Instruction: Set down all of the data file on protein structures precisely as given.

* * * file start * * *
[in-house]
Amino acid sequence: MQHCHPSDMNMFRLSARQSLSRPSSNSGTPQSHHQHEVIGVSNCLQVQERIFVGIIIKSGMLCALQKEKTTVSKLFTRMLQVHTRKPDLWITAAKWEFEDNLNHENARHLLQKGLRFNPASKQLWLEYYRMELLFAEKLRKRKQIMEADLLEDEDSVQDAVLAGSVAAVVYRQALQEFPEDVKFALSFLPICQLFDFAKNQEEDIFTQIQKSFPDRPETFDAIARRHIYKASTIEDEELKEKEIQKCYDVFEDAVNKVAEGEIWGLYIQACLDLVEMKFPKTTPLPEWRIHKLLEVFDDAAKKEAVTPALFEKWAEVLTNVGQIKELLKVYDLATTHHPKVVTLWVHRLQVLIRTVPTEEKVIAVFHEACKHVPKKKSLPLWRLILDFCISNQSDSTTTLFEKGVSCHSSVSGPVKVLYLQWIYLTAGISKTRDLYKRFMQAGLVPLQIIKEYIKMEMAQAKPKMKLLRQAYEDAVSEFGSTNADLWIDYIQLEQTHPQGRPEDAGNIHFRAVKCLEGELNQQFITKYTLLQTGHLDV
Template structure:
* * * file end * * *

[in-house]
Amino acid sequence: MQHCHPSDMNMFRLSARQSLSRPSSNSGTPQSHHQHEVIGVSNCLQVQERIFVGIIIKSGMLCALQKEKTTVSKLFTRMLQVHTRKPDLWITAAKWEFEDNLNHENARHLLQKGLRFNPASKQLWLEYYRMELLFAEKLRKRKQIMEADLLEDEDSVQDAVLAGSVAAVVYRQALQEFPEDVKFALSFLPICQLFDFAKNQEEDIFTQIQKSFPDRPETFDAIARRHIYKASTIEDEELKEKEIQKCYDVFEDAVNKVAEGEIWGLYIQACLDLVEMKFPKTTPLPEWRIHKLLEVFDDAAKKEAVTPALFEKWAEVLTNVGQIKELLKVYDLATTHHPKVVTLWVHRLQVLIRTVPTEEKVIAVFHEACKHVPKKKSLPLWRLILDFCISNQSDSTTTLFEKGVSCHSSVSGPVKVLYLQWIYLTAGISKTRDLYKRFMQAGLVPLQIIKEYIKMEMAQAKPKMKLLRQAYEDAVSEFGSTNADLWIDYIQLEQTHPQGRPEDAGNIHFRAVKCLEGELNQQFITKYTLLQTGHLDV
Template structure: